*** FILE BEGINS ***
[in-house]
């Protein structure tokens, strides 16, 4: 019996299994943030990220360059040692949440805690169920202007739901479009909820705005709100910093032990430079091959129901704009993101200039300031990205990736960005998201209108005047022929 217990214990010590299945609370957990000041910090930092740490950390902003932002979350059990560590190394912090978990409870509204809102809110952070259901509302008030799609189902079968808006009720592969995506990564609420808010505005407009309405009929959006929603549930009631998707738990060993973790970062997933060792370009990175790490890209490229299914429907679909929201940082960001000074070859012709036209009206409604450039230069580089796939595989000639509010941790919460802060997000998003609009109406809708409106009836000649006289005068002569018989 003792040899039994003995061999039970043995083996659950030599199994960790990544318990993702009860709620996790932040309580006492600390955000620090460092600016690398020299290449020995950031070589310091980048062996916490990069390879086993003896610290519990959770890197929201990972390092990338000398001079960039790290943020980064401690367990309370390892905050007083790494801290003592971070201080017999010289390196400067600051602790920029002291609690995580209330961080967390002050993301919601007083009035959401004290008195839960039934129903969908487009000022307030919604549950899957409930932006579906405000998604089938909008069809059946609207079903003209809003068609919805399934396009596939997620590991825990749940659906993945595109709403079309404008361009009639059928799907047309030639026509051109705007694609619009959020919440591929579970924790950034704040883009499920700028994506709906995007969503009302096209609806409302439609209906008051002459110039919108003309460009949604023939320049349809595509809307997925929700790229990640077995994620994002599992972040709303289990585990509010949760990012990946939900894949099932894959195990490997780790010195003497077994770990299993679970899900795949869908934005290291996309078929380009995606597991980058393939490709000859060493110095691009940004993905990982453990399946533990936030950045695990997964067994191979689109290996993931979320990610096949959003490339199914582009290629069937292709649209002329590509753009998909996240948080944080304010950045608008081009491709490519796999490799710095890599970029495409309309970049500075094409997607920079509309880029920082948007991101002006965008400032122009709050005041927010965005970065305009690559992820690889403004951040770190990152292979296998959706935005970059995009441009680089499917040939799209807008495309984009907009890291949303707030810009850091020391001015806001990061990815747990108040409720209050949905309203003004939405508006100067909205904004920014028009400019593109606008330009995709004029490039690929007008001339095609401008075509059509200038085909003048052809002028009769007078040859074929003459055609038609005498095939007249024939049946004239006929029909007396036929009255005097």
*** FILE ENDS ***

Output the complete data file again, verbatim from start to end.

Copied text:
[in-house]
């Protein structure tokens, strides 16, 4: 019996299994943030990220360059040692949440805690169920202007739901479009909820705005709100910093032990430079091959129901704009993101200039300031990205990736960005998201209108005047022929 217990214990010590299945609370957990000041910090930092740490950390902003932002979350059990560590190394912090978990409870509204809102809110952070259901509302008030799609189902079968808006009720592969995506990564609420808010505005407009309405009929959006929603549930009631998707738990060993973790970062997933060792370009990175790490890209490229299914429907679909929201940082960001000074070859012709036209009206409604450039230069580089796939595989000639509010941790919460802060997000998003609009109406809708409106009836000649006289005068002569018989 003792040899039994003995061999039970043995083996659950030599199994960790990544318990993702009860709620996790932040309580006492600390955000620090460092600016690398020299290449020995950031070589310091980048062996916490990069390879086993003896610290519990959770890197929201990972390092990338000398001079960039790290943020980064401690367990309370390892905050007083790494801290003592971070201080017999010289390196400067600051602790920029002291609690995580209330961080967390002050993301919601007083009035959401004290008195839960039934129903969908487009000022307030919604549950899957409930932006579906405000998604089938909008069809059946609207079903003209809003068609919805399934396009596939997620590991825990749940659906993945595109709403079309404008361009009639059928799907047309030639026509051109705007694609619009959020919440591929579970924790950034704040883009499920700028994506709906995007969503009302096209609806409302439609209906008051002459110039919108003309460009949604023939320049349809595509809307997925929700790229990640077995994620994002599992972040709303289990585990509010949760990012990946939900894949099932894959195990490997780790010195003497077994770990299993679970899900795949869908934005290291996309078929380009995606597991980058393939490709000859060493110095691009940004993905990982453990399946533990936030950045695990997964067994191979689109290996993931979320990610096949959003490339199914582009290629069937292709649209002329590509753009998909996240948080944080304010950045608008081009491709490519796999490799710095890599970029495409309309970049500075094409997607920079509309880029920082948007991101002006965008400032122009709050005041927010965005970065305009690559992820690889403004951040770190990152292979296998959706935005970059995009441009680089499917040939799209807008495309984009907009890291949303707030810009850091020391001015806001990061990815747990108040409720209050949905309203003004939405508006100067909205904004920014028009400019593109606008330009995709004029490039690929007008001339095609401008075509059509200038085909003048052809002028009769007078040859074929003459055609038609005498095939007249024939049946004239006929029909007396036929009255005097």